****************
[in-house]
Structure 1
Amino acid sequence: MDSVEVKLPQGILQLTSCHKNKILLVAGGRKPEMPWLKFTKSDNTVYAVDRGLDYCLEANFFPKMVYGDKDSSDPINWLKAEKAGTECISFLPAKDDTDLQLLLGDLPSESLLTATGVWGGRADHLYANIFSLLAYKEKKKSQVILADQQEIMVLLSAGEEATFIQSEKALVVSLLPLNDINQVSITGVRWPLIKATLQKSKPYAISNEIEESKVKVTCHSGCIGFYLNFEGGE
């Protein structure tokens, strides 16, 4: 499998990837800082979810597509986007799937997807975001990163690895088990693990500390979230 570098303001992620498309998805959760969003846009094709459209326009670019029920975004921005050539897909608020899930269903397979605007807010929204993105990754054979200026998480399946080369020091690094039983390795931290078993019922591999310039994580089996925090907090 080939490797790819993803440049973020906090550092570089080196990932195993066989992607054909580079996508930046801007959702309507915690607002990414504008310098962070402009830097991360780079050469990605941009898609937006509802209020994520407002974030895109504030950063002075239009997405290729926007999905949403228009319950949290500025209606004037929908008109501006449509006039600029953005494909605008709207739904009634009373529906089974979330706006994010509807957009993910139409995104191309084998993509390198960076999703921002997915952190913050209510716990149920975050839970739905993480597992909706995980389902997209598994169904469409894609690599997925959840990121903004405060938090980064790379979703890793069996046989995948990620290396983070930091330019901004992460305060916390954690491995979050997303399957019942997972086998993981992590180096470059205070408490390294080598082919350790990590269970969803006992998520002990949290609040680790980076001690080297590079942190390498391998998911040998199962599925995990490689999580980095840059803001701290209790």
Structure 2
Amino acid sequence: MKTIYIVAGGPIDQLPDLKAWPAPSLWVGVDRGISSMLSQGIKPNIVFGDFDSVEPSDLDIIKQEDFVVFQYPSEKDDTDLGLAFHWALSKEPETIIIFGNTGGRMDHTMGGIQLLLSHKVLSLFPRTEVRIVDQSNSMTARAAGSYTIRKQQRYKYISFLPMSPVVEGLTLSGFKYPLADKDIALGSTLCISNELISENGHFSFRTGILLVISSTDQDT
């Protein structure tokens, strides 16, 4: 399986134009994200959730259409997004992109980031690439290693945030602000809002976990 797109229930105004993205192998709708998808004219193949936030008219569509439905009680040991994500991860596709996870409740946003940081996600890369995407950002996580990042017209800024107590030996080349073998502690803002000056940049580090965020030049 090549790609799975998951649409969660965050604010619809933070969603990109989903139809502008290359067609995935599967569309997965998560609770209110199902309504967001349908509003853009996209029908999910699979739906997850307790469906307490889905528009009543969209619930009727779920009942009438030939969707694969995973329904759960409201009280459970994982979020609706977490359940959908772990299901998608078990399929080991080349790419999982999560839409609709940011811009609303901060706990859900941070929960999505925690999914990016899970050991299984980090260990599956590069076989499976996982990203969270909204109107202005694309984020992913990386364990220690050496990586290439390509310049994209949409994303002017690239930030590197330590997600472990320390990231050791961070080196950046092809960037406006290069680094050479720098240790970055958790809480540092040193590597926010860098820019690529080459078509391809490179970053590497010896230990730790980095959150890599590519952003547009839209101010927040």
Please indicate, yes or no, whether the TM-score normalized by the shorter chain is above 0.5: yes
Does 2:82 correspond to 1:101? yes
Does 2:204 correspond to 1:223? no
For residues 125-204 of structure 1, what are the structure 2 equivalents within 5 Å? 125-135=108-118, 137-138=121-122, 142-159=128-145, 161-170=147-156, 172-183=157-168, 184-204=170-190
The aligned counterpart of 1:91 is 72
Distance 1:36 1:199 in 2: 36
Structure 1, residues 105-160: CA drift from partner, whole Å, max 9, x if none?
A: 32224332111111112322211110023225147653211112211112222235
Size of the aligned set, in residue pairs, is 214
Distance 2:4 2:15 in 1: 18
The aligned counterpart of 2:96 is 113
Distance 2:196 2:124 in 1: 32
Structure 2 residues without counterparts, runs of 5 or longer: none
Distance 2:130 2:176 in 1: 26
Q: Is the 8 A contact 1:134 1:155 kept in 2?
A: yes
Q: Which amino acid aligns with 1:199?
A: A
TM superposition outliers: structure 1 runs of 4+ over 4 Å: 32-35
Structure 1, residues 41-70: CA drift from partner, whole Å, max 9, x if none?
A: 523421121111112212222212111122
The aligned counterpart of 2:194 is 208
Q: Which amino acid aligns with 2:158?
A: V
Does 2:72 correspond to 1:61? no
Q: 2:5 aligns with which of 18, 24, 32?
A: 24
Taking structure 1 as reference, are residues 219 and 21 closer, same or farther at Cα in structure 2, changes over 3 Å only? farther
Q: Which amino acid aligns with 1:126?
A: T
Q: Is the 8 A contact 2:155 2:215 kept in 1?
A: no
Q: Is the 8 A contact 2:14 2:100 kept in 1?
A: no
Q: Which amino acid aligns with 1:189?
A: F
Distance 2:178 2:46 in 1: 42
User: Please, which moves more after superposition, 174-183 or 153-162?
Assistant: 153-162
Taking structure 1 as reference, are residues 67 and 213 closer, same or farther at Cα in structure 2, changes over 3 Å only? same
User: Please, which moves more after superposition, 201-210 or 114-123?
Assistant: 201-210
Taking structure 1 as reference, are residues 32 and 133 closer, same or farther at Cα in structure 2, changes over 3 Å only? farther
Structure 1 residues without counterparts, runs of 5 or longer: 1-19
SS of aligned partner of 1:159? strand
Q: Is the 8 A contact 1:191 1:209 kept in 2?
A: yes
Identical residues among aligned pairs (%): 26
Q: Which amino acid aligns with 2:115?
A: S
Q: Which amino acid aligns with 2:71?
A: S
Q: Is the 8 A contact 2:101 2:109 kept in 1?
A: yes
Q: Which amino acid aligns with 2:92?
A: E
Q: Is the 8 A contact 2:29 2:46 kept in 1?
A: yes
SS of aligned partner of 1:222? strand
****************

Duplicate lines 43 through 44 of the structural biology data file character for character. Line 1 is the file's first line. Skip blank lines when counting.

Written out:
A: F
Distance 2:178 2:46 in 1: 42